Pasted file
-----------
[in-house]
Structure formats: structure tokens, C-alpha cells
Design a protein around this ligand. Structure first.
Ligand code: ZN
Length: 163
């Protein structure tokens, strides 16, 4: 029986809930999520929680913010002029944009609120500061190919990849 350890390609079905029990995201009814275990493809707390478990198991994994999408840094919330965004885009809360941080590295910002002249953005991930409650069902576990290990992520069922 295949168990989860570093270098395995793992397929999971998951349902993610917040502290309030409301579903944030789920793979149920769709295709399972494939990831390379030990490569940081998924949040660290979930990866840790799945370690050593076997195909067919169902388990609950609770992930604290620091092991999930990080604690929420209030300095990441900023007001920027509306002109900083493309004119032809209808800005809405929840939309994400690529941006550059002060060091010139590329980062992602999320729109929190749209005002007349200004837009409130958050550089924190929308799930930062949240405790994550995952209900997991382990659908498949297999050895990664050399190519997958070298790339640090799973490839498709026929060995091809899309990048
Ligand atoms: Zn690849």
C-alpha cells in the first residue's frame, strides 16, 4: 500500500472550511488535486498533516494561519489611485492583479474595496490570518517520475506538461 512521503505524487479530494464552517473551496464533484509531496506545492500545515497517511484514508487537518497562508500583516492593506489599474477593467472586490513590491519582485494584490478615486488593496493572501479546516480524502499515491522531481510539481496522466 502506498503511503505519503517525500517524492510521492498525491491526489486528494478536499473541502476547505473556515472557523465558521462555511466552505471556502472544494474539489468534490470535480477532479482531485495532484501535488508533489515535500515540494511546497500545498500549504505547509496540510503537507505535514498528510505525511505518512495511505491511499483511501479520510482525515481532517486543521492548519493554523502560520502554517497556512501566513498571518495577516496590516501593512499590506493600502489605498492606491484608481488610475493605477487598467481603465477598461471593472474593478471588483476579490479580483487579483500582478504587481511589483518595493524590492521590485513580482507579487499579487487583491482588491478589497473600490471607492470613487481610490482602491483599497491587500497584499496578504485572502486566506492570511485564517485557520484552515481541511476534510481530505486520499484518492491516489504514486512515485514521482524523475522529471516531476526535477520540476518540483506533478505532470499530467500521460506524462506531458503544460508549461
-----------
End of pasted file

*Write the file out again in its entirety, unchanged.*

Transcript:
[in-house]
Structure formats: structure tokens, C-alpha cells
Design a protein around this ligand. Structure first.
Ligand code: ZN
Length: 163
């Protein structure tokens, strides 16, 4: 029986809930999520929680913010002029944009609120500061190919990849 350890390609079905029990995201009814275990493809707390478990198991994994999408840094919330965004885009809360941080590295910002002249953005991930409650069902576990290990992520069922 295949168990989860570093270098395995793992397929999971998951349902993610917040502290309030409301579903944030789920793979149920769709295709399972494939990831390379030990490569940081998924949040660290979930990866840790799945370690050593076997195909067919169902388990609950609770992930604290620091092991999930990080604690929420209030300095990441900023007001920027509306002109900083493309004119032809209808800005809405929840939309994400690529941006550059002060060091010139590329980062992602999320729109929190749209005002007349200004837009409130958050550089924190929308799930930062949240405790994550995952209900997991382990659908498949297999050895990664050399190519997958070298790339640090799973490839498709026929060995091809899309990048
Ligand atoms: Zn690849």
C-alpha cells in the first residue's frame, strides 16, 4: 500500500472550511488535486498533516494561519489611485492583479474595496490570518517520475506538461 512521503505524487479530494464552517473551496464533484509531496506545492500545515497517511484514508487537518497562508500583516492593506489599474477593467472586490513590491519582485494584490478615486488593496493572501479546516480524502499515491522531481510539481496522466 502506498503511503505519503517525500517524492510521492498525491491526489486528494478536499473541502476547505473556515472557523465558521462555511466552505471556502472544494474539489468534490470535480477532479482531485495532484501535488508533489515535500515540494511546497500545498500549504505547509496540510503537507505535514498528510505525511505518512495511505491511499483511501479520510482525515481532517486543521492548519493554523502560520502554517497556512501566513498571518495577516496590516501593512499590506493600502489605498492606491484608481488610475493605477487598467481603465477598461471593472474593478471588483476579490479580483487579483500582478504587481511589483518595493524590492521590485513580482507579487499579487487583491482588491478589497473600490471607492470613487481610490482602491483599497491587500497584499496578504485572502486566506492570511485564517485557520484552515481541511476534510481530505486520499484518492491516489504514486512515485514521482524523475522529471516531476526535477520540476518540483506533478505532470499530467500521460506524462506531458503544460508549461